Is It Worth It to Buy Organic Produce?

Organic or non-organic? That is the question. Once upon a time, we didn’t need to think about buying organic or not and didn’t have to weigh the benefits of the added expense to our grocery list. This is because organic food was the only option.

However, as rising demand forced growers to plant more, the need for pesticides to help save more crops from bug infestation also increased. Add to that the presence of more genetically modified food today, and the organic food industry has boomed. And organic food has continued to grow in popularity. The Packer reports that organic produce has topped $9 billion for the first time and has grown in sales by 5.5% in 2021.

So what’s the hype? Is it worth it to buy organic produce, or is it just an expensive fad?

Dr. Andrew Weil seems to think it’s worth it. The creator of the anti-inflammatory diet says the following 12 foods have the highest pesticide load, and therefore the organic option should always be purchased:

  • Strawberries
  • Spinach
  • Kale, collard, mustard greens
  • Nectarines
  • Apples
  • Grapes
  • Bell and hot peppers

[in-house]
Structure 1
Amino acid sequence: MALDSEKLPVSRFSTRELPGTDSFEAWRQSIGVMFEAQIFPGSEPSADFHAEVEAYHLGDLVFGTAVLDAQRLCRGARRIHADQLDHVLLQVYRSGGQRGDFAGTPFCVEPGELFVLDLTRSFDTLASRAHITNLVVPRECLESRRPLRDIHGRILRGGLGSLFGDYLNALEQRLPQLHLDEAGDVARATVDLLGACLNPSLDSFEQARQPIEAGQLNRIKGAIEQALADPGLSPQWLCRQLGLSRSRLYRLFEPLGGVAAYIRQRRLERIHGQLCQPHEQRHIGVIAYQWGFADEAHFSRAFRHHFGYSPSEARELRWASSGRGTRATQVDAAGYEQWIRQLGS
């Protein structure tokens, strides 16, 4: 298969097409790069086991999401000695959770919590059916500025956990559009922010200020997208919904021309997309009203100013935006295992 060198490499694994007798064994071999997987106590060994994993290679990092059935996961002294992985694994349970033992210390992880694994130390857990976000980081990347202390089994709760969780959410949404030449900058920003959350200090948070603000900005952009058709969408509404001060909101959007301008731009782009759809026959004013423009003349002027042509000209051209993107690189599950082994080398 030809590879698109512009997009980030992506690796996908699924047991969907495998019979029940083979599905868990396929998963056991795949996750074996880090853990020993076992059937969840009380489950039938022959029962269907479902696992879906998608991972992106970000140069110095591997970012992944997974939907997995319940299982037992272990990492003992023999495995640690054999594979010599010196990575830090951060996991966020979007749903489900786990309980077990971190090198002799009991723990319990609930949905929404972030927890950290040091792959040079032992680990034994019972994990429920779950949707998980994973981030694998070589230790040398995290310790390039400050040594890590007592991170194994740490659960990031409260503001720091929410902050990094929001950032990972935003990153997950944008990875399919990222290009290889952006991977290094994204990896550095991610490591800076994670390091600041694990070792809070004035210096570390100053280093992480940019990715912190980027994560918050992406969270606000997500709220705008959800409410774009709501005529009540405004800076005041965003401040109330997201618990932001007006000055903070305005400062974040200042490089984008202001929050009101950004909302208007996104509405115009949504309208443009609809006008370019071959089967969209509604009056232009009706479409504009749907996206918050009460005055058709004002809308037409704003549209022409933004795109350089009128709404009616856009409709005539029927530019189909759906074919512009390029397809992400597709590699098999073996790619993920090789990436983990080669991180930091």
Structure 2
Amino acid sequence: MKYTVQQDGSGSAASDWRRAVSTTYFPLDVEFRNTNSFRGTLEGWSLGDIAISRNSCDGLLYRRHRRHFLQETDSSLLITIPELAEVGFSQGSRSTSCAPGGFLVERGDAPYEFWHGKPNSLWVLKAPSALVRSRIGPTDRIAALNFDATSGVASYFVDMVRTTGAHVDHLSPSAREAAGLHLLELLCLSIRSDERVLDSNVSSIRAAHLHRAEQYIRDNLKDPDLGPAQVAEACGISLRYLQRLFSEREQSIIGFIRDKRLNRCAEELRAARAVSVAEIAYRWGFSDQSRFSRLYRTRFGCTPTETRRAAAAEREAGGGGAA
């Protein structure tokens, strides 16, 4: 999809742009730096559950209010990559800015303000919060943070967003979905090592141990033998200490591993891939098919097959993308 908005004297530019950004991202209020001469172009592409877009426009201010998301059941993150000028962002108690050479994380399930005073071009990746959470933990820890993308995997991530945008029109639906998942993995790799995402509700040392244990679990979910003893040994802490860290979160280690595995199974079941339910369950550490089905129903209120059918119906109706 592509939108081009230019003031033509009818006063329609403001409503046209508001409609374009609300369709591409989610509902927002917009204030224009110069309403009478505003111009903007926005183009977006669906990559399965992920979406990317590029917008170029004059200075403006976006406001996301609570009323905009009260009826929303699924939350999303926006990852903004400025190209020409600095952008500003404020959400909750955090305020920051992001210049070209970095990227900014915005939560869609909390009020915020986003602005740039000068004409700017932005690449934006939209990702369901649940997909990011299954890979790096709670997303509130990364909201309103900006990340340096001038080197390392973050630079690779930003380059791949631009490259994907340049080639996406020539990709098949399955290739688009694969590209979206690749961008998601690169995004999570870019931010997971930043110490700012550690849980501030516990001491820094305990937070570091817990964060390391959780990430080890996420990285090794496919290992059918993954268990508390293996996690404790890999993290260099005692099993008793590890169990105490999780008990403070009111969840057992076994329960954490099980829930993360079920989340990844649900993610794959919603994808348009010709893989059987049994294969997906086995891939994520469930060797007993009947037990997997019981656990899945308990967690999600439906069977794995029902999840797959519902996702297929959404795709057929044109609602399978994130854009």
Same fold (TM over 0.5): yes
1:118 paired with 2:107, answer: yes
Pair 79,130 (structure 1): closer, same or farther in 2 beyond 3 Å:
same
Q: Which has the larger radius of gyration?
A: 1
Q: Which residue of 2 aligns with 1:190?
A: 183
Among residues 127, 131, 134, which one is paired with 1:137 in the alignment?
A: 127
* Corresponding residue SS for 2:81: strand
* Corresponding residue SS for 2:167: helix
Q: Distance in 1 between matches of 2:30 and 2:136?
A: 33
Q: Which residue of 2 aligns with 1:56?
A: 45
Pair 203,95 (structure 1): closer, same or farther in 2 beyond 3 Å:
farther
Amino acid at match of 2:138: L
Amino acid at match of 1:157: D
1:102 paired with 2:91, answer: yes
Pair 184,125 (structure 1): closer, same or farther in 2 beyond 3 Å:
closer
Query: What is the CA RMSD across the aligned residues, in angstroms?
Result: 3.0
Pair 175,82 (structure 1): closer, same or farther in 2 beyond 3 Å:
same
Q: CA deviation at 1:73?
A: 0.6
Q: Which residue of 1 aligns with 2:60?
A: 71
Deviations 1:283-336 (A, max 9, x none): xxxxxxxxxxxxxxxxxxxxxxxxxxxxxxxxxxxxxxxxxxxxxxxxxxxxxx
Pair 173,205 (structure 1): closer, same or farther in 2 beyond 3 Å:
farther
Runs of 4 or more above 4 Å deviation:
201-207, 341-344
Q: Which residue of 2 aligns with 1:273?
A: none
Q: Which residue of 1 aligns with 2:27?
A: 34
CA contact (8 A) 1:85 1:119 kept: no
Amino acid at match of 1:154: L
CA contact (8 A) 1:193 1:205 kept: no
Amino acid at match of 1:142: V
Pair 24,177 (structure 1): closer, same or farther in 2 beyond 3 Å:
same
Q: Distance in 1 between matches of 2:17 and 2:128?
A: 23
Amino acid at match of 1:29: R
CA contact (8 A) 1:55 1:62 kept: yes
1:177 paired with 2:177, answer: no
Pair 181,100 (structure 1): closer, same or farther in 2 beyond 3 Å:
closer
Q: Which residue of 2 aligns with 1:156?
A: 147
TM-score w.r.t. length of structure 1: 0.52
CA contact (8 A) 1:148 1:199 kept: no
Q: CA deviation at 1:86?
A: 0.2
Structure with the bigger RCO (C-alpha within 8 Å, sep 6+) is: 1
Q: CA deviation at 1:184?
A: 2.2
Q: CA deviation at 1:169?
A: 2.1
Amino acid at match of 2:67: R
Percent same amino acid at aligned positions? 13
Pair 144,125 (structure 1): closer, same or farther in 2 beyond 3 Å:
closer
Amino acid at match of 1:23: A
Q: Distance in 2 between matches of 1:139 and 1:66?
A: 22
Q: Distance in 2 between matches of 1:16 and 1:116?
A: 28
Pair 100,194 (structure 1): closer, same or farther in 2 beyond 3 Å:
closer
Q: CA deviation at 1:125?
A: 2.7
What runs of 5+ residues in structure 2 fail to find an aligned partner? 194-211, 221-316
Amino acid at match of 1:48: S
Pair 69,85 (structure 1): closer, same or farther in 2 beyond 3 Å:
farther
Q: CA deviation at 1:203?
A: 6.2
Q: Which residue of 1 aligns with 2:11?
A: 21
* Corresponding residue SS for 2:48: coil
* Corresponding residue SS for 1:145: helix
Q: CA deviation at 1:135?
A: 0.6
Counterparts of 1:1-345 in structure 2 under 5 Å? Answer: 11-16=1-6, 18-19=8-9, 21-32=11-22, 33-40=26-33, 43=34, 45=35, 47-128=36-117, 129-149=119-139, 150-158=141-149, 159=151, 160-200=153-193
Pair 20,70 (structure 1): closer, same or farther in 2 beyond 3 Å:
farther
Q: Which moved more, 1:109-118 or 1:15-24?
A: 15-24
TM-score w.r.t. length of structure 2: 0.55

• Cherries
  • Peaches
  • Pears
  • Celery
  • Tomatoes

Because pesticides are linked to many issues like hormone disruption, skin irritation and negative effects on the nervous system, it definitely seems worth it to follow this advice.

Another thing to consider when buying organic is our environment. Organic food is a better option for our planet because, as reported by Harvard, it “supports an agricultural system that avoids synthetic fertilizers and pesticides and promotes a more biodiverse ecosystem, with attention to the health of waterways, soil, air, wildlife, farm workers, and the climate.” I don’t know about you, but I definitely think a more biodiverse ecosystem is worth it.”

So, when determining whether or not organic produce is worth it, consider this: which would you rather invest in, your sickness or your health? This is a key consideration when thinking about the worthiness of buying organic. You can think of the added cost of organic produce as an investment or an insurance policy. By buying organic produce in the present, especially the dirty dozen, one can hope to pay less for hospitalizations and illness in the future.

Not all produce needs to be organic though. Similar to the dirty dozen list, there is the clean fifteen list as well, which are foods that are low in pesticides and considered safe to buy in their non-organic form.